We went for another super localized search for this week’s search, which features homes close by South Pearl Street. Check out the homes currently for sale at this link:
South Pearl Street is one of Denver’s most historic and charming shopping districts. Stretching from Buchtel to Jewell, the tree-lined blocks are the perfect antidote to the modern mega-mall. Here you’ll find an authentic mix of locally-owned shops, one-of-a-kind boutiques, and some of the city’s best restaurants and nightspots. There are even popular seasonal events all year long on South Pearl Street.
In June of 1893, the Denver Tramway Company extended its trolley car line from Alameda to Jewell along South Pearl Street. A few years later, tracks were completed south to Evans Avenue and then east to service the growing University of Denver campus. Soon, the University soon earned the nickname “Tramway Tech” and the building boom was on.
From 1900 through 1915 several multi-use buildings were completed along the thriving corridor. Growing neighborhoods needed retail and service-oriented businesses and soon barber and beauty shops, grocers, dry goods stores, tailors, bakeries, pharmacies, five-and-dime stores, mechanics’ garages, movie houses, and diners were plying their trades all along South Pearl Street.
The stock market crash of 1929 and the subsequent Great Depression forced many to abandon their businesses. But the surrounding neighborhoods still managed to grow and new businesses moved in. After World War II, South Pearl Street began a revitalization that lasted into the late ‘50s and the electric trolley cars were replaced with rubber-wheeled trolley coaches.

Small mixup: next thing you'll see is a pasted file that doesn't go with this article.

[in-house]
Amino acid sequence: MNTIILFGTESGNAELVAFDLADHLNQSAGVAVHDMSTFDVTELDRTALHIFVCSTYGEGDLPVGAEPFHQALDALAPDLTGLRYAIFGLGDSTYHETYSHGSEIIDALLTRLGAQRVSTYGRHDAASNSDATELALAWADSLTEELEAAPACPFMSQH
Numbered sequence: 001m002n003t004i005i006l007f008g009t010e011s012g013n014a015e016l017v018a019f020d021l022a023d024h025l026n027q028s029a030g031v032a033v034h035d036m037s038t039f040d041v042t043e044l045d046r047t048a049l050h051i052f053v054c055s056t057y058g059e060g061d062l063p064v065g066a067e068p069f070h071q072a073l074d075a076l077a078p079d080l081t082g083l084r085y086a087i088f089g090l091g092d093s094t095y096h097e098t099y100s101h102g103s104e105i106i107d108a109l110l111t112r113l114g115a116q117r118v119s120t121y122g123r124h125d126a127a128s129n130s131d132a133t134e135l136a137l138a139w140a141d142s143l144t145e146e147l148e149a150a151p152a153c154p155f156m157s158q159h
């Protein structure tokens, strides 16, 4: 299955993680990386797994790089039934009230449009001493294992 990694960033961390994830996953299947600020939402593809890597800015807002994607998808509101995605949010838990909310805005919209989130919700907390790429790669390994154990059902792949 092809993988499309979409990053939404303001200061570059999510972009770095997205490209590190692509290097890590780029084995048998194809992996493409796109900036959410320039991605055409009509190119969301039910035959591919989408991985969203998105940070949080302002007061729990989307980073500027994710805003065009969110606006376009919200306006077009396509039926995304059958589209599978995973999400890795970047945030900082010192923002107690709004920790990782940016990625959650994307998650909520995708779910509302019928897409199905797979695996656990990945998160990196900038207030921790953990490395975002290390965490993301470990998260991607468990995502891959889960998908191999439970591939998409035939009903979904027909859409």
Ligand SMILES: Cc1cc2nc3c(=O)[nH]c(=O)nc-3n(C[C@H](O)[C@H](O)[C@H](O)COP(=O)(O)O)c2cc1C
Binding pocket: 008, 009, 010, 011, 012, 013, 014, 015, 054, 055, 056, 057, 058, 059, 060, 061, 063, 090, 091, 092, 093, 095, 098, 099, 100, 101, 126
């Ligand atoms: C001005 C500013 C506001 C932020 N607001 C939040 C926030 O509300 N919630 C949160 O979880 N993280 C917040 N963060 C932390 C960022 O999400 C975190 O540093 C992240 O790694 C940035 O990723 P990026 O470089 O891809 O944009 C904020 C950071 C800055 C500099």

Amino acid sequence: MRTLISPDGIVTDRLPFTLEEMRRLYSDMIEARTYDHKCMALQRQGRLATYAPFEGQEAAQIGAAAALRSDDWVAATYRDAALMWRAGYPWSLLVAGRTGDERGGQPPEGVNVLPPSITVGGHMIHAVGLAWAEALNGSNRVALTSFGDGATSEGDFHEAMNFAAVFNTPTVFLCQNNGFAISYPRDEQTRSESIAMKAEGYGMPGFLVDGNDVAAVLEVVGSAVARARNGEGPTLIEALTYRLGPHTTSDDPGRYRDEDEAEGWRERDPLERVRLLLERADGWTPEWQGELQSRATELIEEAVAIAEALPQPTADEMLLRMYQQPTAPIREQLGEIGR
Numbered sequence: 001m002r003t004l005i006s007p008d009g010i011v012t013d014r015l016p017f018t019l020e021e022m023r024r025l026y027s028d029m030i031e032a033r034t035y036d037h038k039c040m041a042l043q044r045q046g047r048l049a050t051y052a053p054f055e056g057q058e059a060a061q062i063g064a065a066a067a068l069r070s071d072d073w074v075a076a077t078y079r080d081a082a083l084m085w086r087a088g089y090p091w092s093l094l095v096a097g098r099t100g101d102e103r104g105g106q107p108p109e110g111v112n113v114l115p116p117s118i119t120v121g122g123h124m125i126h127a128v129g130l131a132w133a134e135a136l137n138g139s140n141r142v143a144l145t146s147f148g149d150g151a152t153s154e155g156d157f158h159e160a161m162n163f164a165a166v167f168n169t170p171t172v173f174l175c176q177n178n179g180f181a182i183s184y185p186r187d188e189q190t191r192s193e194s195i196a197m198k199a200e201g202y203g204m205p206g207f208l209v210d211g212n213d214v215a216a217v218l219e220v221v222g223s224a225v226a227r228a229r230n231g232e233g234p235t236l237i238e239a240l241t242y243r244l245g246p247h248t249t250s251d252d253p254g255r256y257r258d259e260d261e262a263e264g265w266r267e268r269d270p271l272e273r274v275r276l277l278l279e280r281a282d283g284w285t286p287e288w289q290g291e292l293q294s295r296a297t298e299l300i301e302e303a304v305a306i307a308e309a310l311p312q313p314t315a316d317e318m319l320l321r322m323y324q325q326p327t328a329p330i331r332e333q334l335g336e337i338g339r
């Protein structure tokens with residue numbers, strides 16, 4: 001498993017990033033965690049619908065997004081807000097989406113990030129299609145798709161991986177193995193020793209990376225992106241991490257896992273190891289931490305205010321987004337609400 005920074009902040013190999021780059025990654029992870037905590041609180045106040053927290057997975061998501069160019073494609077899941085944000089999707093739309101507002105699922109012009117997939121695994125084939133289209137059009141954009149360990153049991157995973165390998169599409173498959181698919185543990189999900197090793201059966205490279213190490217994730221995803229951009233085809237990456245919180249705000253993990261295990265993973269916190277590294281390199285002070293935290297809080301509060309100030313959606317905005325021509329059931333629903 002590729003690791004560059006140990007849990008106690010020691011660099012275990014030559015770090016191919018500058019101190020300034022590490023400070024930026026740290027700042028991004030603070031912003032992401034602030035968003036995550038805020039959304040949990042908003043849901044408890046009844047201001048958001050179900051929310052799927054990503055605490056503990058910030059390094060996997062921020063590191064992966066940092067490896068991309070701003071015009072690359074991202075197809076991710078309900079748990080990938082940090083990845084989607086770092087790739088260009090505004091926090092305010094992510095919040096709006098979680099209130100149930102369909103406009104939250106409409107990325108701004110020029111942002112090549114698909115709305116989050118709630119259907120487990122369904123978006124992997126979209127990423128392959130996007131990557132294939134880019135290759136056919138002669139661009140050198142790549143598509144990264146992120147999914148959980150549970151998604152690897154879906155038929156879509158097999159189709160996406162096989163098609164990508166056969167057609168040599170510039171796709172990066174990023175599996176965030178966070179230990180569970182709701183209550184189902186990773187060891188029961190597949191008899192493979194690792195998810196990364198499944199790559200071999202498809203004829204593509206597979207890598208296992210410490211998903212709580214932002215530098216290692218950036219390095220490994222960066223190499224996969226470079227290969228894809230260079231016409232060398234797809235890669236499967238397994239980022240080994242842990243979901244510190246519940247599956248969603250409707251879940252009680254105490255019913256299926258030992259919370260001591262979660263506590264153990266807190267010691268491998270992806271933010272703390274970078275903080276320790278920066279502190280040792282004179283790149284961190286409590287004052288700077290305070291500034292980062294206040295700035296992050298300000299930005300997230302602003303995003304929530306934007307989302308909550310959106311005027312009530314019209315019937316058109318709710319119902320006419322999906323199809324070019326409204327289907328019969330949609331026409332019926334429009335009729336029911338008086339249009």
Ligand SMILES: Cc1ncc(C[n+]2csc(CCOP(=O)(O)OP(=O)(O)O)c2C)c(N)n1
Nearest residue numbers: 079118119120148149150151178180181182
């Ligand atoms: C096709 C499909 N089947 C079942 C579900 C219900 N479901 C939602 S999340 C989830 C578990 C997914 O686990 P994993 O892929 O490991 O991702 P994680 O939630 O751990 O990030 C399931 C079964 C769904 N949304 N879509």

But shopping habits and trends in the1960s and ‘70s brought new regional shopping malls to the metro area drawing customers away from the smaller mom-and-pop businesses on South Pearl Street. Small businesses found themselves struggling again and many were eventually abandoned.
But South Pearl Street would rise again. Attracted by inexpensive rental rates, artisans and eccentrics set up shop in the vacant storefronts. Painters, sculptors, and potters formed a loose association to promote their wares and their artistic energy marked the ‘70s on the street. As the economy rebounded, South Pearl Street attracted larger restaurants and pubs. Landmarks like Sushi Den and the Pearl Street Grill found their niche and flourished.
Pearl Street Today
Today, the RTD light rail moves thousands of riders through the Pearl Street Station every day and unique retailers, renowned eateries, trend-setting boutiques, personal service providers as well as popular music festivals and weekend farmers’ markets make South Pearl Street a great place to be in Denver.